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For Ekimetrics, an expanding tech firm that occupies a palace near the Arc de Triomphe, architect Estelle Vincent has built a village in lieu of boardrooms and private offices.

For a relatively young Paris data consulting company in search of a new headquarters, an arrangement of gilded salons facing onto the Champs Élysées might give the same impression as a gawky teenager dressing in his father’s double-breasted suit – ambitious, but not necessarily a good fit.

Of course, few people would be unimpressed by the grandeur of five-metre-high frescoed ceilings and a location equidistant from the Arc de Triomphe and the Élysée Palace. Better still, those principal salons adjoin two sizable, traditional office wings that will accommodate a constantly expanding team.

To hear Ekimetrics CEO Jean-Baptiste Bouzige tell it, the former office (originally a decadent private residence) satisfied the need for 1,000 square metres of largely open space for a company with the desire to stand out from other tech start-ups. To improve the functionality of the floor plan and push the aesthetic forward by at least a century, Bouzige turned to independent architect and friend Estelle Vincent, who quickly learned that the project came with a major caveat: all of the historical details – the mouldings, the woodwork, the cherubic allegories – were classé and could not be altered.

As far as constraints go, this one worked in their favour; they imposed little change on the entry, other than installing composite board running nearly the length of the space, and adding a pair of Cinna chairs in peacock blue. Step into the 90-square-metre conference room, however, and the scope of Vincent’s concept comes into focus. Situated in the back half of the salon, the Eki.Cabane features stepped seating on one side and an enclosed office for Bouzige and company founder François Poitrine on the other. The use of unfinished pine was deliberate, Vincent says: “We thought it would be fun to have this rough, cheap material amid the gilding.” Meanwhile, her modular table design takes cues from Chinese tangram puzzles, with pieces that can be configured and grouped in dozens of ways.

The architect, who has gradually grown her practice over the past two years, continued the notion of sub-volumes with the Eki.Gallery and the double-height Eki.Cube. The former utilizes a comparatively open framework for a 70-square-metre salon – essentially the primary passageway to the back offices – separating a cluster of desks from an art space (supporting the visual arts has become a key initiative for the company, especially works that explore digital or scientific themes).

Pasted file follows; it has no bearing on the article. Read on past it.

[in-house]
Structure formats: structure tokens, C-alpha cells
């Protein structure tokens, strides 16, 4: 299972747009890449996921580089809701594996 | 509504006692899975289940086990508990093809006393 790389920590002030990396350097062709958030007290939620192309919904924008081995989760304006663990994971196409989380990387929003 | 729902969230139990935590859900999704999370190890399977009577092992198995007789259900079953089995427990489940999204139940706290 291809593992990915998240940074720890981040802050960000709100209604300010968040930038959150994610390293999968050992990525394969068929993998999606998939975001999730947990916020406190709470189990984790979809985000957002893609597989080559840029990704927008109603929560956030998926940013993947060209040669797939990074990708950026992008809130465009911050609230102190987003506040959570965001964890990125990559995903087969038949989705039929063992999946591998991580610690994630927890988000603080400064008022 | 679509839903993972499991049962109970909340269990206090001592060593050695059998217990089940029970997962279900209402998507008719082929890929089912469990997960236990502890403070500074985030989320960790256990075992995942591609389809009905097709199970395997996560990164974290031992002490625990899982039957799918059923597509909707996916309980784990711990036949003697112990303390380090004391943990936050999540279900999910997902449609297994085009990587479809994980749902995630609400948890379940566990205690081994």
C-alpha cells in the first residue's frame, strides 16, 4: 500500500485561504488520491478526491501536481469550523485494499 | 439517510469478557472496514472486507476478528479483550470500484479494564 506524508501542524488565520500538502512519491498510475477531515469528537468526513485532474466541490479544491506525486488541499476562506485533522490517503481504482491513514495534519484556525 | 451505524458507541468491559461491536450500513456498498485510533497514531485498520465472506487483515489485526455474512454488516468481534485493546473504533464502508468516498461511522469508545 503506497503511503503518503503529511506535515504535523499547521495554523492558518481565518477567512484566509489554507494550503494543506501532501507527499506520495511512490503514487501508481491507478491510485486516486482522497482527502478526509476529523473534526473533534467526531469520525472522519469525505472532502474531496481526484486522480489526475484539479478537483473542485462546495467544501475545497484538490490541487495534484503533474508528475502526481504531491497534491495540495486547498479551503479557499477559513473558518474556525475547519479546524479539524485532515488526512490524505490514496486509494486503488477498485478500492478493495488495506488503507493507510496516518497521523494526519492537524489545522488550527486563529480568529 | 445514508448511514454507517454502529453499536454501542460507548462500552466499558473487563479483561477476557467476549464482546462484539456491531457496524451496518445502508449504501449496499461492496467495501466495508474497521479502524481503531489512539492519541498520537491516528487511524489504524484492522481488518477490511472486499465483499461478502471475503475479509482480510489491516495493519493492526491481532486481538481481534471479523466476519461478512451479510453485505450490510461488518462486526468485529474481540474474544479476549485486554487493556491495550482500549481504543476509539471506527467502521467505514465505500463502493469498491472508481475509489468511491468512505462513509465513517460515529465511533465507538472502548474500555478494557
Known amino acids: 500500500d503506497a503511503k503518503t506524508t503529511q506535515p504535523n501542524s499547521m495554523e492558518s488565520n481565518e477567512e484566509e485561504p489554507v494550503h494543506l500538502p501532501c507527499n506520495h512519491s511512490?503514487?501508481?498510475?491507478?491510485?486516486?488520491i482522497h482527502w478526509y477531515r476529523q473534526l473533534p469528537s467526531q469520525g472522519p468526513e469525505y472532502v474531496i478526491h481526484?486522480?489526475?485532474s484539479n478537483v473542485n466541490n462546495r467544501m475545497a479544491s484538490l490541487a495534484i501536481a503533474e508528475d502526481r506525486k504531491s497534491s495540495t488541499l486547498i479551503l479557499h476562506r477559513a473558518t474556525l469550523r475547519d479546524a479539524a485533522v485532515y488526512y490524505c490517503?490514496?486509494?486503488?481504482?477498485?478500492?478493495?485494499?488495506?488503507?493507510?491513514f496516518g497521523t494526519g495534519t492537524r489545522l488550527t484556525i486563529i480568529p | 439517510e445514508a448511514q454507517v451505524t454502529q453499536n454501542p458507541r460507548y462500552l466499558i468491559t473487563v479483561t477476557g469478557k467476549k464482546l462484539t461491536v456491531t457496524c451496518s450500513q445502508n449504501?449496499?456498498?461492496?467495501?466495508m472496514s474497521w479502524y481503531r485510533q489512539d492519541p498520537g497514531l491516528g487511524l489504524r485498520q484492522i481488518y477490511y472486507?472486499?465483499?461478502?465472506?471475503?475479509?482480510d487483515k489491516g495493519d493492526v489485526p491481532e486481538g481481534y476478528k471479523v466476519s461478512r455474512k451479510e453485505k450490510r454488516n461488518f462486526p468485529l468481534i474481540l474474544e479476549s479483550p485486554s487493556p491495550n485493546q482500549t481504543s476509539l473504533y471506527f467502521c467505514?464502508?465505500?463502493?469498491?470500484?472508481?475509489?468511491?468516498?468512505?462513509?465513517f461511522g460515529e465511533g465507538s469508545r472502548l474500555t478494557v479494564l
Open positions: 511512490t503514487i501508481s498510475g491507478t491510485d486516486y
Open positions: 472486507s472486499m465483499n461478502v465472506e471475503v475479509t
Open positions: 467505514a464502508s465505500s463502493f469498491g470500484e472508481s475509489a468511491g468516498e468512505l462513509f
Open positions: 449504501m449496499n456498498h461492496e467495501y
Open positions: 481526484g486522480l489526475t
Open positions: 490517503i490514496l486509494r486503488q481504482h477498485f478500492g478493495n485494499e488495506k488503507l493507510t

The latter structure can be found in one of the general office wings, where blond wood beams introduce warmth to an otherwise lacklustre zone. Narrow stairs running alongside the cube’s compact meeting room lead to a small perch for hanging out. And because no tech company seems complete without a nod to childhood, a slide can deliver employees back down to ground level.

Vincent reserved the most playful element for the kitchen; located in a back corner, the counter space is fronted with the profile of a food truck. Even if Eki.Truck is more trompe l’oeil than taco service, it reinforces Ekimetrics’ zeitgeisty spirit. This past spring, the company invited graphic artist Vincent Broquaire to spend a week enlivening the walls with his minimalist doodles.

Having kept the project on budget (50,000 euro is no small accomplishment), the architect reveals that she is proudest that the realization of her slatted structures proved so seamless; the beams are pegged from the inside with no visible nails. From certain viewpoints, bias angles throw her original schema into sharp relief. “It’s a small detail, but it makes a difference visually,” she says.

The details do make a difference, though, whether in the panels of acoustic padding encased in gilded frames, or the wall of cubbyholes, whose notched openings echo her Eki.Cube. As Ekimetrics continues to expand (from 70 employees to 100 by summer) and attracts such high-profile clients as LVMH and Renault-Nissan Alliance, Bouzige says the company benefits greatly from an office that makes a strong first impression. “We are different from what exists in the marketplace, and as we grow, the challenge is to preserve that,” he explains. “The cultural point of view is very important, and our office is part of our culture.” ­

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